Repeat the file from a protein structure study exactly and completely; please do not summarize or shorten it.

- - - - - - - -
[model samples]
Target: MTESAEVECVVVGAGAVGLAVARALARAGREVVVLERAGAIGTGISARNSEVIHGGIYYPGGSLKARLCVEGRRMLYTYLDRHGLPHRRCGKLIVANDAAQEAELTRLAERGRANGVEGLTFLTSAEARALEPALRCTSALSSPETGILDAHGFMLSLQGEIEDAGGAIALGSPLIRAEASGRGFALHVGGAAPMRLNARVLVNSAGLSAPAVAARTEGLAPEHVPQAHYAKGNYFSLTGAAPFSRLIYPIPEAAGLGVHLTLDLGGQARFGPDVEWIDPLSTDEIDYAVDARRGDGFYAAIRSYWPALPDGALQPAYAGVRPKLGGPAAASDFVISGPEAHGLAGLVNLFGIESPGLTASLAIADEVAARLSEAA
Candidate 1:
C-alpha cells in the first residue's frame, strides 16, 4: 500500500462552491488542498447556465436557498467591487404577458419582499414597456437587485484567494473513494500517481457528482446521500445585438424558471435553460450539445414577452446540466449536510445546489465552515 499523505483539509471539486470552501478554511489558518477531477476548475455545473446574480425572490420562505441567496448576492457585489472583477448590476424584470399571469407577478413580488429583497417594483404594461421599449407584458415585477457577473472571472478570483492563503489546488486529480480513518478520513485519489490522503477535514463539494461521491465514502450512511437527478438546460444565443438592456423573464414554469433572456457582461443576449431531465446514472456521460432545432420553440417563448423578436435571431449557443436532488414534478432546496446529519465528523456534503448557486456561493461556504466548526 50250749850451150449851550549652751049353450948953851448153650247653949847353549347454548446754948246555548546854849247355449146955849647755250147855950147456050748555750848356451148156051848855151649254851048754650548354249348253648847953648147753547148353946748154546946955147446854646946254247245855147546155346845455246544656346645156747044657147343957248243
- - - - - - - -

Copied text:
[model samples]
Target: MTESAEVECVVVGAGAVGLAVARALARAGREVVVLERAGAIGTGISARNSEVIHGGIYYPGGSLKARLCVEGRRMLYTYLDRHGLPHRRCGKLIVANDAAQEAELTRLAERGRANGVEGLTFLTSAEARALEPALRCTSALSSPETGILDAHGFMLSLQGEIEDAGGAIALGSPLIRAEASGRGFALHVGGAAPMRLNARVLVNSAGLSAPAVAARTEGLAPEHVPQAHYAKGNYFSLTGAAPFSRLIYPIPEAAGLGVHLTLDLGGQARFGPDVEWIDPLSTDEIDYAVDARRGDGFYAAIRSYWPALPDGALQPAYAGVRPKLGGPAAASDFVISGPEAHGLAGLVNLFGIESPGLTASLAIADEVAARLSEAA
Candidate 1:
C-alpha cells in the first residue's frame, strides 16, 4: 500500500462552491488542498447556465436557498467591487404577458419582499414597456437587485484567494473513494500517481457528482446521500445585438424558471435553460450539445414577452446540466449536510445546489465552515 499523505483539509471539486470552501478554511489558518477531477476548475455545473446574480425572490420562505441567496448576492457585489472583477448590476424584470399571469407577478413580488429583497417594483404594461421599449407584458415585477457577473472571472478570483492563503489546488486529480480513518478520513485519489490522503477535514463539494461521491465514502450512511437527478438546460444565443438592456423573464414554469433572456457582461443576449431531465446514472456521460432545432420553440417563448423578436435571431449557443436532488414534478432546496446529519465528523456534503448557486456561493461556504466548526 50250749850451150449851550549652751049353450948953851448153650247653949847353549347454548446754948246555548546854849247355449146955849647755250147855950147456050748555750848356451148156051848855151649254851048754650548354249348253648847953648147753547148353946748154546946955147446854646946254247245855147546155346845455246544656346645156747044657147343957248243